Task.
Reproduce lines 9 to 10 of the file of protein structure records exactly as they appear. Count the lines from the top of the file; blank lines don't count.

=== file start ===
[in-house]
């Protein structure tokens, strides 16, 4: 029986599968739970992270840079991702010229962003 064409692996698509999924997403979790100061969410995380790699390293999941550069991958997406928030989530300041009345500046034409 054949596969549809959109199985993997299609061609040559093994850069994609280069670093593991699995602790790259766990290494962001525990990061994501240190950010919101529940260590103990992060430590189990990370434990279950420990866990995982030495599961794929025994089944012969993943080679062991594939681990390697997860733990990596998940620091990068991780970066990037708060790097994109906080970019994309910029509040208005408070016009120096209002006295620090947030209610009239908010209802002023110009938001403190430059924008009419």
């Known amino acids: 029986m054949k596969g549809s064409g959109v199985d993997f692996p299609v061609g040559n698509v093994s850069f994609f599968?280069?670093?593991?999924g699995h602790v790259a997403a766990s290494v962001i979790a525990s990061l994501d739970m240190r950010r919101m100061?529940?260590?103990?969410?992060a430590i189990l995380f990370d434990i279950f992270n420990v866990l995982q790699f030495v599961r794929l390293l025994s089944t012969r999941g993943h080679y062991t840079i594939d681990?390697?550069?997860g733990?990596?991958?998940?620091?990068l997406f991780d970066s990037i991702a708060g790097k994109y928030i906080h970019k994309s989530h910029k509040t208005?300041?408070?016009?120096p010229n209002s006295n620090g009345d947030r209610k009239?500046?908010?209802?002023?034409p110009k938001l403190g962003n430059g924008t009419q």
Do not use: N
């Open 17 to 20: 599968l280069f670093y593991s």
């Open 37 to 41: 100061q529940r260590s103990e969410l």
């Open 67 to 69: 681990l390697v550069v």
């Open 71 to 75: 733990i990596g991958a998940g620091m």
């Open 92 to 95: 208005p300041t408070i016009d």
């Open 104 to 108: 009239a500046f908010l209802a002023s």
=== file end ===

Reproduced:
């Open 92 to 95: 208005p300041t408070i016009d």
């Open 104 to 108: 009239a500046f908010l209802a002023s």